How popular is the online MBA?

The numbers show that the online MBA is growing. I previously expected the number to grow, but the increase isn’t as great as I expected. There has been a strong increase in the blended format, even in EMBA programmes. Online is coming very strongly but I don’t see the online MBA replacing the experience of the EMBA or the part-time MBA. You have to learn and you have to be there to learn. It’s quite difficult to learn online.

What’s the effect of specialist programmes on the MBA and on
Business Schools?

Specialist programmes are going to relegate the [generalist] MBA. There is going to be a fall in demand from young people wanting to do an MBA, but an increase in older people wanting to do one. 

In Latin America, you have very technical and specialised degrees so there is less demand for special programmes. Many universities are moving in this direction of having more general graduate-level study, so you’ll need more specialisation later on.

Carla Adriana Arruda Vasseur, Associate Dean, FDC – Fundação Dom Cabra

Why do you think Business Schools should have a role in social development? 

We are the ones who are transforming the leaders of our society. We are working with business managers, leaders, entrepreneurs, company owners, and people who really run the economy of the country. If we don’t have this kind of focus, we will continue to live in a country with a lot of inequalities so it needs to start with us.

How can Business Schools leverage an impact on society? 

All Business Schools have some sort of social impact and development in their value prepositions. Talking is one thing, leading by example is another. We need to provoke students to think differently and to do differently. We need to provoke them to really make a change. And it won’t be just about talking and showing them our mission. It has to be in every single class we give, in the projects that we send them on, it has to be included in all our initiatives.

How can Business Schools help students have a more impactful role in the world of tomorrow?

If you look at Business Schools, most of their students are from the upper portion of the social pyramid and we need to show them how they can really make a difference – in every single class and in every single project.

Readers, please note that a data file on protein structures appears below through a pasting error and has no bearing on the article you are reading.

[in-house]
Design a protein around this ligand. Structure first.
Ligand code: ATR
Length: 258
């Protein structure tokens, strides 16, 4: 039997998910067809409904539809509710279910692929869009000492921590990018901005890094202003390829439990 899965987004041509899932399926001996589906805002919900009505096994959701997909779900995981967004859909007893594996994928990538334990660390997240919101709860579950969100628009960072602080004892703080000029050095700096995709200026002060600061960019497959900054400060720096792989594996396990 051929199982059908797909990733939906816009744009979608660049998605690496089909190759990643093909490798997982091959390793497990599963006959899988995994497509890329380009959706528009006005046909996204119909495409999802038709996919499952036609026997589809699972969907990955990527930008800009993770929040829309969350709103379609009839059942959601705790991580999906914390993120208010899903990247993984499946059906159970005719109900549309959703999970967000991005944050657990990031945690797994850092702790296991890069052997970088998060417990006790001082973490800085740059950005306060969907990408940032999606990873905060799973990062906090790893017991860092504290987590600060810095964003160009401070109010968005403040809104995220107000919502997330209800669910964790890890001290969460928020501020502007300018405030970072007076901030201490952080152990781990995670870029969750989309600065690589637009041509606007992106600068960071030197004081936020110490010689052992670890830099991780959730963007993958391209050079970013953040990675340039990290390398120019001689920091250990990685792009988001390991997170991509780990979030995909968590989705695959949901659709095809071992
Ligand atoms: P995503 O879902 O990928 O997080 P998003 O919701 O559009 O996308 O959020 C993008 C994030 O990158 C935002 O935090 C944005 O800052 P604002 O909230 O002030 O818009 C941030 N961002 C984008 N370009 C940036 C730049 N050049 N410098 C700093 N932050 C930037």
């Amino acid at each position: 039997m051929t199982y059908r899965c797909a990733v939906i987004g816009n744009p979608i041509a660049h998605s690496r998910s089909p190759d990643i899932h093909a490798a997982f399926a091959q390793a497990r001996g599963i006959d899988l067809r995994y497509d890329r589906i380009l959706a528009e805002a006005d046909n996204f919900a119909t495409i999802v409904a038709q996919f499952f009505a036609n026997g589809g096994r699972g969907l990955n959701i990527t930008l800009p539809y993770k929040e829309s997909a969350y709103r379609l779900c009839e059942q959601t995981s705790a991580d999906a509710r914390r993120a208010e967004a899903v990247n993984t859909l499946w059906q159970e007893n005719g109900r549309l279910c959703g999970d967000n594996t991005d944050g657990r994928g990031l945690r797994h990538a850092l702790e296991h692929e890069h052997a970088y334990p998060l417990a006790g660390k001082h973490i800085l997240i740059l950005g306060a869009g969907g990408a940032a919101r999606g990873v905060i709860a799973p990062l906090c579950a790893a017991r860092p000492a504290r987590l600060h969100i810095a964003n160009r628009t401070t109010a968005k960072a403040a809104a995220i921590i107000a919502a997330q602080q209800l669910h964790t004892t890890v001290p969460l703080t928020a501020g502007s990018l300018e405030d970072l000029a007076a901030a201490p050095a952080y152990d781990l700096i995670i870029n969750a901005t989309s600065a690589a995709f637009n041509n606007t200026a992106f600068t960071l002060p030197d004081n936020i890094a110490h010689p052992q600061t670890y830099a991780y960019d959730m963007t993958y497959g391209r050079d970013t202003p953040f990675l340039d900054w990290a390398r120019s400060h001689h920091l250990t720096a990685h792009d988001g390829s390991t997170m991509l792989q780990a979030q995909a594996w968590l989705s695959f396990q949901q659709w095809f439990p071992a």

A lot of our students come to us because they want management tools. They want to increase profit in their corporations, they want to better themselves in their careers. And, from day one, they realise we’re concerned about economic development but we’re also very concerned about social development. 

Do you work with other Schools to push this idea forward?

We have a partner we’ve been working with on modules and we’re putting an emphasis on that. But I think we can do more. I’ve been talking a lot about that [during this conference] with partners. We need stop considering ourselves as competitors [with other Business Schools] and consider ourselves as ‘co-petitors’ and cooperate more with each other.

Is it a case of starting locally or looking at the bigger picture and effecting change at the top?

Begin with what’s feasible and build up. 

We’re starting to shape the leaders of tomorrow. We’re starting with the students of today to [help them] have a deeper understanding of social development and a deeper understating that there are larger problems in the world. But is there an issue with the bigger businesses themselves not recognising it or not recognising it fast enough and therefore the student not having an outlet for what they want to do?

A lot of the boards require their corporations to think about the social side. Some suppliers refuse to supply to organisations that don’t care about these issues and clients are not buying from them. 

We, as professors of business corporations, need to set the example. 

Michel Hermans, Professor of Human Behaviour and Human Resources, IAE Business School – Universidad Austral

How can Business Schools help students develop skills beyond the analytical tools in the curriculum through action learning?

It’s not only about teaching rational decision making. It’s about helping students anticipate risks and [influence] people who are especially relevant in certain contexts. That’s what we do and this is the added value we consider action learning has. This reflection part is a very important role faculty have. 

One thing is to think about is how to evaluate a company in turbulence. Another is to think how a company can actually use what it has – its resources – to transform its strategy for much broader markets. Think about internationalisation and the acquisition of companies in emerging markets, and then present this analysis to senior managers. 

Can students themselves better prepare for their careers through action learning?

It depends on the student themselves. 

Especially in the Latin American job market, recruiters are looking for ‘plug-and-play’ students so when they roll out of their programme they want students who need little time to be fully functional within the context of their companies.